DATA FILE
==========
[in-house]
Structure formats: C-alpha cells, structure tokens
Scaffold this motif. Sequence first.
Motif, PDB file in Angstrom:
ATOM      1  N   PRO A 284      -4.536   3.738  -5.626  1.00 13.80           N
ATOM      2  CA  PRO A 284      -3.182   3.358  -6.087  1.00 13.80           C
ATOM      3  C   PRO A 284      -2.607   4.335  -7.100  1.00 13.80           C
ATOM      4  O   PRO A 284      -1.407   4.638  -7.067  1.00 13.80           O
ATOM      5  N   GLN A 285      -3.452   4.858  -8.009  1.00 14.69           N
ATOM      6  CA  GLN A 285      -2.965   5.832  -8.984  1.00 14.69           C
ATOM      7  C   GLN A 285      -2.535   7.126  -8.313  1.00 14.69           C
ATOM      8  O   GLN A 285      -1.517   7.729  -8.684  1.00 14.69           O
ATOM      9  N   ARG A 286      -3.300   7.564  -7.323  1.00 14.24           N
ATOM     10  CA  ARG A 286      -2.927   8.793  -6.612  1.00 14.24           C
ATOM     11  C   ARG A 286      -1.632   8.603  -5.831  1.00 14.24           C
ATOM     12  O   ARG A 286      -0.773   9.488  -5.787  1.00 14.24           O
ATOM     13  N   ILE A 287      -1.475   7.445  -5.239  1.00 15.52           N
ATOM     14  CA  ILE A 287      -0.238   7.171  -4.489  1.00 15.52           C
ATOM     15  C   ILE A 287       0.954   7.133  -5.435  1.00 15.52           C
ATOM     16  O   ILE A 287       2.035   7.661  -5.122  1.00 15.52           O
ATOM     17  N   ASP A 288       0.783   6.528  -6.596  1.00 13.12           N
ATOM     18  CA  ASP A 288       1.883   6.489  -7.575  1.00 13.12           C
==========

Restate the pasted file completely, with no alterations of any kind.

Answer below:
[in-house]
Structure formats: C-alpha cells, structure tokens
Scaffold this motif. Sequence first.
Motif, PDB file in Angstrom:
ATOM      1  N   PRO A 284      -4.536   3.738  -5.626  1.00 13.80           N
ATOM      2  CA  PRO A 284      -3.182   3.358  -6.087  1.00 13.80           C
ATOM      3  C   PRO A 284      -2.607   4.335  -7.100  1.00 13.80           C
ATOM      4  O   PRO A 284      -1.407   4.638  -7.067  1.00 13.80           O
ATOM      5  N   GLN A 285      -3.452   4.858  -8.009  1.00 14.69           N
ATOM      6  CA  GLN A 285      -2.965   5.832  -8.984  1.00 14.69           C
ATOM      7  C   GLN A 285      -2.535   7.126  -8.313  1.00 14.69           C
ATOM      8  O   GLN A 285      -1.517   7.729  -8.684  1.00 14.69           O
ATOM      9  N   ARG A 286      -3.300   7.564  -7.323  1.00 14.24           N
ATOM     10  CA  ARG A 286      -2.927   8.793  -6.612  1.00 14.24           C
ATOM     11  C   ARG A 286      -1.632   8.603  -5.831  1.00 14.24           C
ATOM     12  O   ARG A 286      -0.773   9.488  -5.787  1.00 14.24           O
ATOM     13  N   ILE A 287      -1.475   7.445  -5.239  1.00 15.52           N
ATOM     14  CA  ILE A 287      -0.238   7.171  -4.489  1.00 15.52           C
ATOM     15  C   ILE A 287       0.954   7.133  -5.435  1.00 15.52           C
ATOM     16  O   ILE A 287       2.035   7.661  -5.122  1.00 15.52           O
ATOM     17  N   ASP A 288       0.783   6.528  -6.596  1.00 13.12           N
ATOM     18  CA  ASP A 288       1.883   6.489  -7.575  1.00 13.12           C